Landsat 8 measures Earth’s radiance from its orbit 438 miles (705 km) above. Because the atmosphere is between the satellite and the Earth’s surface, light gets scattered by atmospheric aerosols. This means that the radiance that Landsat measures at the top of the atmosphere can differ from radiance measured at the surface (think of how your visibility is limited on hazy days). The concept of atmospheric correction is to account for this light scatter and then correct for it. This correction, together with knowledge of the amount of incoming solar radiation, makes it possible to turn Landsat’s top-of-atmosphere radiance measurements into surface reflectance. Scientifically, using surface reflectance makes for more accurate land change assessments. Visually, it translates into clearer looking imagery.
Eric Vermote, a Research Physical Scientist at NASA Goddard Space Flight Center and a Landsat 8 Science Team member, together with his team of collaborators, is responsible for developing the sophisticated atmospheric correction methodology used to create Landsat 8 surface reflectance. In June, the U.S. Geological Survey (USGS) began offering Landsat 8 surface reflectance products created using Eric’s method. Mapbox is now implementing this same processing method into its Landsat-live pipeline.
We talked with Camila Mahon, an imagery specialist at Mapbox, who along with her team—Damon Burgett, Carol Hansen, Young Hahn, Sean Gillies, Charlie Loyd, Jacques Tardie, Virginia Yung—is behind this major implementation project.
What will be the biggest advantages for your Landsat-live users once the Landsat 8 data behind the map is atmospherically corrected?
We see huge visual improvements in the map: reduced haze, more vibrant colors—all the things you would expect in atmospherically corrected imagery. Of course, it also makes the data more useful for quantitative purposes.
How did you first learn about Eric’s efforts?
Eric Vermote’s name comes up any time you look into the topic of atmospheric correction. Since we work with Landsat so much and have integrated the LEDAPS product into our imagery pipeline in the past, it was a natural progression to ask about working with Landsat 8 Surface Reflectance (L8SR) next.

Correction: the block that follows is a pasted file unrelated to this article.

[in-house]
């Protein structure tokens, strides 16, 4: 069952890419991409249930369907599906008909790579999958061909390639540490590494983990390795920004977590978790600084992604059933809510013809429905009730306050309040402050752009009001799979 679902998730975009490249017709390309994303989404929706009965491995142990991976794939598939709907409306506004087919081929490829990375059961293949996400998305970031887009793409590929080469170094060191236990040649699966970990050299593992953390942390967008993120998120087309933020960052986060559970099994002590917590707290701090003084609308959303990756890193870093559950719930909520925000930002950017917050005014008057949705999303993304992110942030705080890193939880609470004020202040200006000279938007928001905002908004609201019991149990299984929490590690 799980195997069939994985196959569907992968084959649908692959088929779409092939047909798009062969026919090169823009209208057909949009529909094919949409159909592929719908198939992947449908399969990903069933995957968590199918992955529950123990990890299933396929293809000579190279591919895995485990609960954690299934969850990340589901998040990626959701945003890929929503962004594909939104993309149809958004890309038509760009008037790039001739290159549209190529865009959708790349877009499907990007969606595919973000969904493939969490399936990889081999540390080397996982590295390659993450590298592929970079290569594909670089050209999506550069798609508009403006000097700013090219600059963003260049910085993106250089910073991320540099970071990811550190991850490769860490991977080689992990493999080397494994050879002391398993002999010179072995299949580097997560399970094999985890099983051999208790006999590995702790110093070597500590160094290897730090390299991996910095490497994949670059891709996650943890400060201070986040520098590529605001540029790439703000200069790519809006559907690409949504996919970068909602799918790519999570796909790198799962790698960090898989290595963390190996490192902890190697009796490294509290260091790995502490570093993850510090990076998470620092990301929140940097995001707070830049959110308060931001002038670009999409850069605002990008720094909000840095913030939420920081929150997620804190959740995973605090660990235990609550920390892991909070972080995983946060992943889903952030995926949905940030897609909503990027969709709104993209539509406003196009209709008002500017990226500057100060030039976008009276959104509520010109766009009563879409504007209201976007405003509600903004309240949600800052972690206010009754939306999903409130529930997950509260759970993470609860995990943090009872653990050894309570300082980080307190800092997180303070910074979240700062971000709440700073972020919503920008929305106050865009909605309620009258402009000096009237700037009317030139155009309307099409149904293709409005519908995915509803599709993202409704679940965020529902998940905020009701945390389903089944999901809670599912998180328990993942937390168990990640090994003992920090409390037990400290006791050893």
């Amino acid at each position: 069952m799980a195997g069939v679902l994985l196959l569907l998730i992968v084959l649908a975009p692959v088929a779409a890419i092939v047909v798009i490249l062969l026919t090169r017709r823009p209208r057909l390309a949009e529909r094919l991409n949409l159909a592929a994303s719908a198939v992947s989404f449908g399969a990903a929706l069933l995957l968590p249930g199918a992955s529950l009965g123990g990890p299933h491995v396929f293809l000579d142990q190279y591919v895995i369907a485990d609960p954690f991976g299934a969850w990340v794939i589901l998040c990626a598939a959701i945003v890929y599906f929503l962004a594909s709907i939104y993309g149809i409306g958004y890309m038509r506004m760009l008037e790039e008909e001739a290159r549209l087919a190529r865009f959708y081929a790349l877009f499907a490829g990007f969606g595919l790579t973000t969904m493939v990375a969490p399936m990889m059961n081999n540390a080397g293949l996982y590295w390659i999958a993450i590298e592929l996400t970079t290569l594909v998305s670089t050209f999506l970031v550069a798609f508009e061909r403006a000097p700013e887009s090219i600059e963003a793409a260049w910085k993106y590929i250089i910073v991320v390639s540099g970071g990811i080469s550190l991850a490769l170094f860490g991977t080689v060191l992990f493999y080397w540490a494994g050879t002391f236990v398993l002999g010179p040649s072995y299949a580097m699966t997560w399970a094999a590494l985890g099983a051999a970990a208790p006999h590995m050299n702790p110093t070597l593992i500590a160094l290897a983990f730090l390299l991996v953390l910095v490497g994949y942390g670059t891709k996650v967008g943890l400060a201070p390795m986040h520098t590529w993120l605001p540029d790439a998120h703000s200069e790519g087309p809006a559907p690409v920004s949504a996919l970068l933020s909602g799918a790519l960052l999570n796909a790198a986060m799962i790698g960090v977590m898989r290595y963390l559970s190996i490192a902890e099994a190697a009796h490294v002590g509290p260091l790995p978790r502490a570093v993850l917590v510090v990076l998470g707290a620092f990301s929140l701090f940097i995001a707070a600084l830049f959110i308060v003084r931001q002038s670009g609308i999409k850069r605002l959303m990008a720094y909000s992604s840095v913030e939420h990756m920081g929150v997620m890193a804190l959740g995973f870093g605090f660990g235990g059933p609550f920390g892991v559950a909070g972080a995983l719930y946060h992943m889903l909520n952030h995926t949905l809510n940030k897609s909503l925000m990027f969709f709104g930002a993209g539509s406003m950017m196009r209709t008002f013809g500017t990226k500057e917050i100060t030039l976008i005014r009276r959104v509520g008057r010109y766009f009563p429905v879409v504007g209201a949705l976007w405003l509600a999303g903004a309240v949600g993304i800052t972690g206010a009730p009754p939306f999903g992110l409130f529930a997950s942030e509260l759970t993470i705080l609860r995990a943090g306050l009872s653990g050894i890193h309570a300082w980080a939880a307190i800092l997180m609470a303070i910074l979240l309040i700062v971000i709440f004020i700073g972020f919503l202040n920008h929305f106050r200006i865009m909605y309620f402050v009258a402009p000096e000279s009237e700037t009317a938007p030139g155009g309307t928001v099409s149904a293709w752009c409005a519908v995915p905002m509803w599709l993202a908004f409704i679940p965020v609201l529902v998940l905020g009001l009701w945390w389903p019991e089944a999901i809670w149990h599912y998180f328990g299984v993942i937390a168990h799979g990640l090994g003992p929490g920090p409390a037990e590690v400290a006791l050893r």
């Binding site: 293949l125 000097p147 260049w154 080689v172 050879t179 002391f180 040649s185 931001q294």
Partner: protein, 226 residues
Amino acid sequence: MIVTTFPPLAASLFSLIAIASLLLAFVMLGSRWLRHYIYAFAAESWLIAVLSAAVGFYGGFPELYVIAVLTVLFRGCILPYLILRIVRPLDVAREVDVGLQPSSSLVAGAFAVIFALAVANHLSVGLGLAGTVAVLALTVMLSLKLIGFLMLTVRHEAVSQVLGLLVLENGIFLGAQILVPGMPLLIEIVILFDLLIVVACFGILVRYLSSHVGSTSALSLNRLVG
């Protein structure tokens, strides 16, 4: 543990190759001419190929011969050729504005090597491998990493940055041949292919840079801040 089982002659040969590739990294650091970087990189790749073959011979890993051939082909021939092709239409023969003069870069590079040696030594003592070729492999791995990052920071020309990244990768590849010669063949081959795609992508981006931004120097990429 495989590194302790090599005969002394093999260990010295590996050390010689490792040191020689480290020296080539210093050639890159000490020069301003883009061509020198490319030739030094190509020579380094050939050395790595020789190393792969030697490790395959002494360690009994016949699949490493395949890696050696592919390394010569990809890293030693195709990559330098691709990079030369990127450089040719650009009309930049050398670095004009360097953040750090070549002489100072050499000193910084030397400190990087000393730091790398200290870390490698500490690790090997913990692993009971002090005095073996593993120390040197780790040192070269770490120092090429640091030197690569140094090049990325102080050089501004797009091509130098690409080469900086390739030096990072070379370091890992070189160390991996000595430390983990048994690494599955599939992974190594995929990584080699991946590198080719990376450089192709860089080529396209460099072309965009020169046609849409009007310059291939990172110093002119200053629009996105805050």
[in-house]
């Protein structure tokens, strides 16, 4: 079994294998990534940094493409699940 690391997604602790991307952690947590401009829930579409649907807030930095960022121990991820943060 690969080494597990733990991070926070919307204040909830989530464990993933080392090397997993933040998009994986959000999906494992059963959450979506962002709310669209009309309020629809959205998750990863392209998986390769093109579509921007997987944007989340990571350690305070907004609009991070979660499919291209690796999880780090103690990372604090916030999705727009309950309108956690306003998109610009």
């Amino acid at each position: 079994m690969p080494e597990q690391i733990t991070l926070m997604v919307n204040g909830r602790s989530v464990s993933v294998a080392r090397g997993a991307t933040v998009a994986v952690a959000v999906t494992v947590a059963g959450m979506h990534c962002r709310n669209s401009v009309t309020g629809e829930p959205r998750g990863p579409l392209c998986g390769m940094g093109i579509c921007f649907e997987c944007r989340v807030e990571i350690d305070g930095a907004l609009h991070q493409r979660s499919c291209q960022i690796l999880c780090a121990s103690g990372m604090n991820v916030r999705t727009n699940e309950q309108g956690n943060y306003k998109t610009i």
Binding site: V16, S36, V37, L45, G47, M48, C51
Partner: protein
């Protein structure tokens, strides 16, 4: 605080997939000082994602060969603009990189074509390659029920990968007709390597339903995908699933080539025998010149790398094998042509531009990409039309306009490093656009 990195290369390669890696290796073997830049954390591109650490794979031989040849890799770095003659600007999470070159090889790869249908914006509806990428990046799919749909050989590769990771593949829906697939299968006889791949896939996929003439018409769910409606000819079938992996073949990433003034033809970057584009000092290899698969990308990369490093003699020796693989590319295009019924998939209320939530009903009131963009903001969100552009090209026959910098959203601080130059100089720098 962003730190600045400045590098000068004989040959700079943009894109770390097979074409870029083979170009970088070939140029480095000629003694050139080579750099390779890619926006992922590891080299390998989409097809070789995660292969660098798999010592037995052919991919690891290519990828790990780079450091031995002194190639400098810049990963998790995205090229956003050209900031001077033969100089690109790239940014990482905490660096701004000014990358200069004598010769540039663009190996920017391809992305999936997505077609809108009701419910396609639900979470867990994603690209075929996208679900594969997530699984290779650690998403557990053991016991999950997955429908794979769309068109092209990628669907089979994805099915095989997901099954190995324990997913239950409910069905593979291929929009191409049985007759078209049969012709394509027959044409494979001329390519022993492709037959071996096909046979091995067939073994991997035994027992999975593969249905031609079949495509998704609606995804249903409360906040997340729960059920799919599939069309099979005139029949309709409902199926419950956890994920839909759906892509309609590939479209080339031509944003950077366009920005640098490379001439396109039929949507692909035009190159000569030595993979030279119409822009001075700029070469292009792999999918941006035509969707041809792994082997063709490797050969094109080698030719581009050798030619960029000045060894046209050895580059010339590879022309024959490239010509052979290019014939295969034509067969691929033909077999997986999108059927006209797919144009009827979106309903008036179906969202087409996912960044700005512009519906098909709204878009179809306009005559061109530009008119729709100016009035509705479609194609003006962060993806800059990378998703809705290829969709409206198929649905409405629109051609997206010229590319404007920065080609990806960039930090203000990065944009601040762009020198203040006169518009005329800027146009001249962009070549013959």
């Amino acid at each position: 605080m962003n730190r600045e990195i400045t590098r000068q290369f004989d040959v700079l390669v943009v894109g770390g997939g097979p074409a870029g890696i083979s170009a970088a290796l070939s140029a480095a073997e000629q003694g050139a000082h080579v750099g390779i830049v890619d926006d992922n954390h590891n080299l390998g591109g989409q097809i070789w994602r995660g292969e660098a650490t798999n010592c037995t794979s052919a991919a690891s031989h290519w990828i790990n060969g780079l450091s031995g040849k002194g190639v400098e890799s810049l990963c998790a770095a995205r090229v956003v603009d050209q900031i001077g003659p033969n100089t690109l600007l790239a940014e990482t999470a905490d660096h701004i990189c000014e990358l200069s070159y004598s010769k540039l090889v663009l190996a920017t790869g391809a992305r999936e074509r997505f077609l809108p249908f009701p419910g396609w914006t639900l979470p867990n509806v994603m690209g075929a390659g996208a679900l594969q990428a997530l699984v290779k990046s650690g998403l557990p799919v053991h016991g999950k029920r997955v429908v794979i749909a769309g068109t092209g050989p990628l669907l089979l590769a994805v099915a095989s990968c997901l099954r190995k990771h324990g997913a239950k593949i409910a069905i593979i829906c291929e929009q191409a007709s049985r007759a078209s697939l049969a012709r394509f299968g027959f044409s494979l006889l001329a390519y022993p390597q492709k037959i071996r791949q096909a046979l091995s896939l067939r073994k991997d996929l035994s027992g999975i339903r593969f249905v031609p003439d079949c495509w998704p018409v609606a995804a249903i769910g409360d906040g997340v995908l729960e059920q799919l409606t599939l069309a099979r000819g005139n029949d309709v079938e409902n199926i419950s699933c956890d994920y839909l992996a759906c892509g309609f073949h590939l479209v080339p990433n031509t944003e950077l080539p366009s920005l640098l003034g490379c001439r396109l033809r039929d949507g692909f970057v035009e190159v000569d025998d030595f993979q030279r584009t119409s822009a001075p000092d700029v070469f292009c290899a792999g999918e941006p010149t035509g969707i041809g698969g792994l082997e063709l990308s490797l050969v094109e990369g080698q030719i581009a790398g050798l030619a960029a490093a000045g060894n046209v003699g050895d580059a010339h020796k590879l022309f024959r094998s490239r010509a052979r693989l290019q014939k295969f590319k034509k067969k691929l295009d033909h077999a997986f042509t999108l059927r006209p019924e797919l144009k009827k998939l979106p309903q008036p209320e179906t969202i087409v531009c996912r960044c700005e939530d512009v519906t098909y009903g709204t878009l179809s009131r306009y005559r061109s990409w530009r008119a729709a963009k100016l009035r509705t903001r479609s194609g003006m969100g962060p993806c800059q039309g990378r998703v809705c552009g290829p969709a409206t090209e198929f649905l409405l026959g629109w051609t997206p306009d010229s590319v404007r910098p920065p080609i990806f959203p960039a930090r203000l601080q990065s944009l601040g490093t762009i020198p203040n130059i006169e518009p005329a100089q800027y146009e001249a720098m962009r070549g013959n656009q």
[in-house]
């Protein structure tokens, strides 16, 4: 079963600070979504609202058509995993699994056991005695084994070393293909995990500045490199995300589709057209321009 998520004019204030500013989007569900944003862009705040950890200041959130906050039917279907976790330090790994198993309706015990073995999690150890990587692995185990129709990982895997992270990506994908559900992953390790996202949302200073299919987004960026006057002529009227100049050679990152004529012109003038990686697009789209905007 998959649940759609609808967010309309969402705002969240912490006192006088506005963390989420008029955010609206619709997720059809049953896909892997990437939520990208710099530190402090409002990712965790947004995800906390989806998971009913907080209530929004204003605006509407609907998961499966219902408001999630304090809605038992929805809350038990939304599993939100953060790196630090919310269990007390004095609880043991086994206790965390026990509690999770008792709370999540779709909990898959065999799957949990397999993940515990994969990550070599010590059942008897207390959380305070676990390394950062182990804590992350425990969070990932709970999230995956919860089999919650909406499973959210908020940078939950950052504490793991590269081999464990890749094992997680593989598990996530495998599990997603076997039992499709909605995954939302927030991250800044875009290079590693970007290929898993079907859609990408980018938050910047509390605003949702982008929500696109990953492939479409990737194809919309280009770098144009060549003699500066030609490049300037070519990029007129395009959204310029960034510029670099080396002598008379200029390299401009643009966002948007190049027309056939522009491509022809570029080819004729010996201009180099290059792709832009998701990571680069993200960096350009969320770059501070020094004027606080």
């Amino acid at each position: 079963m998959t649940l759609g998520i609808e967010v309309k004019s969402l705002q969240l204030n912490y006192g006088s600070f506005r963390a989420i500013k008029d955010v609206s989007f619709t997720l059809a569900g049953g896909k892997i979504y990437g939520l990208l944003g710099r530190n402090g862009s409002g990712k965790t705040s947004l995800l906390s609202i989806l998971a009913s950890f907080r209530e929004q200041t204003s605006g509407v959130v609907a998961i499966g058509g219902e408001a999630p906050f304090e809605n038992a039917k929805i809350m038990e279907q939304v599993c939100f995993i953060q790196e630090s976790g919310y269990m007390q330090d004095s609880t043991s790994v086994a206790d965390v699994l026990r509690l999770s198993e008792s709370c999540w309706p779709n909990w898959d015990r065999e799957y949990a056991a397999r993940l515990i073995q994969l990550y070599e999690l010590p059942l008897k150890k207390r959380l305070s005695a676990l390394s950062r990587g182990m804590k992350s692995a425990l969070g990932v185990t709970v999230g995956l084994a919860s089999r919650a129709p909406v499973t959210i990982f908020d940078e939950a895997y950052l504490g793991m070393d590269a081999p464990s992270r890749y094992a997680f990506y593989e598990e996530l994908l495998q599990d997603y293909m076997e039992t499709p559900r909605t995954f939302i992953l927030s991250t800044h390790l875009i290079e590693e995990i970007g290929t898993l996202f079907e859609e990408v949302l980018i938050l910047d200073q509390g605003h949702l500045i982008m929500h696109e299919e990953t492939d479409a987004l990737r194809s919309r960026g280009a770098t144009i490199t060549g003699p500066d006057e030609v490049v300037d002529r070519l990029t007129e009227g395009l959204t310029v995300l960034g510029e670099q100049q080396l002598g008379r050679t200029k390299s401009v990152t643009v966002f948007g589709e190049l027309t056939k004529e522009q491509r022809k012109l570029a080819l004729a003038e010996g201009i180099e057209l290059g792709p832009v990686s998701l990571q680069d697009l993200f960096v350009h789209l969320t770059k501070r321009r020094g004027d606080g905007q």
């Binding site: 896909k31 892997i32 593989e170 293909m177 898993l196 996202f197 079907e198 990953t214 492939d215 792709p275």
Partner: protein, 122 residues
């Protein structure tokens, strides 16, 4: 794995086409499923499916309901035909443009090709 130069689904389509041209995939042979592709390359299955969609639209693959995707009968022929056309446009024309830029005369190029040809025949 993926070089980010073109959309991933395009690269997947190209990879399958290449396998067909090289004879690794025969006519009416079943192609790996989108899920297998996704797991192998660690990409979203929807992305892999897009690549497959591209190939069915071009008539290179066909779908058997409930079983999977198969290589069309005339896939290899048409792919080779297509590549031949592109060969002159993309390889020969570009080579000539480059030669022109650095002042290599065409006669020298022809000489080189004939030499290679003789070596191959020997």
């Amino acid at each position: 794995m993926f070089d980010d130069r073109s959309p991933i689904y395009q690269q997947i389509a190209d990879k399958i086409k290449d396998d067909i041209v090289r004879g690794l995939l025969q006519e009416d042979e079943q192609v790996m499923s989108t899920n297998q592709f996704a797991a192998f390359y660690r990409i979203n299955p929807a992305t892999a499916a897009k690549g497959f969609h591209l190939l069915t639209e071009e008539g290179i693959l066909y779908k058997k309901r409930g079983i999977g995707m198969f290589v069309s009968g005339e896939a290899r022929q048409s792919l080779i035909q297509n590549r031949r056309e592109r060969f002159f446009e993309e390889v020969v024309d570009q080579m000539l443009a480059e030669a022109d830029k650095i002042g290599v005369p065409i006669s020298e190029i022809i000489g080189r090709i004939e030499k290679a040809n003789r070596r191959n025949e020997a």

What has the prototype implementation process been like?
Because the Landsat 8 surface reflectance package (L8SR) is partly in Fortran and makes certain assumptions about its environment, it took a little bit of work to get it running perfectly. Once the L8SR code was set up, we built a wrapper around it to allow us to link it in to our Landsat-live pipeline. The process is complicated a bit by the ancillary data that is needed for the L8SR code to do its full adjustments. If you look at the metadata of the imagery after it has gone through our pipeline you’ll notice that the L8SR layer is processed a few days later than the normal Landsat-live imagery, even though they use the same base imagery. This is because the ancillary files, giving us information about atmospheric conditions, take a little extra time to acquire.
On what types of scenes do you notice the most striking impact of the atmospherically corrected data?
It’s amazing to see parts of the world that are typically hidden from clear view due to persistent weather patterns. The single most impressive effect is when it cuts through tropical haze. The air in the intertropical convergence zone that hovers around the equator is filled with moisture most of the time. This (with other aerosol loads) increases the probability of light to be scattered, making it much harder for Landsat to get a clear picture of the ground. To be able to virtually nullify that effect is incredibly powerful. In addition, it brings out the vivid colors of scenes in arid regions without distortion.
What future plans do you have for Landsat 8 surface reflectance data?
We see atmospheric correction as an important way to add value to Landsat (and other) imagery. We look forward to incremental improvements in L8SR that will make its products even more attractive as well as more accurate. We’re always searching for ways to serve imagery faster, so when L8SR is open source we’ll explore closer integrations with our pipelines, and perhaps optimizations as well.
USGS is currently at work on open-sourcing Eric’s native code and upon completion it will be made publicly available.
Mapbox, like many other geospatial organizations, has taken advantage of the free Landsat data archive and cloud-based data hosting and processing services (Amazon Web Services’ Simple Storage Service; Google Earth Engine; NASA’s Earth Exchange) to come up with creative new uses for Landsat data.
High quality, free Landsat data combined with new big data approaches and international collaborations are leading to many innovations. As Landsat Science Team member, Curtis Woodcock, said at their most recent meeting: “The future looks really exciting.”
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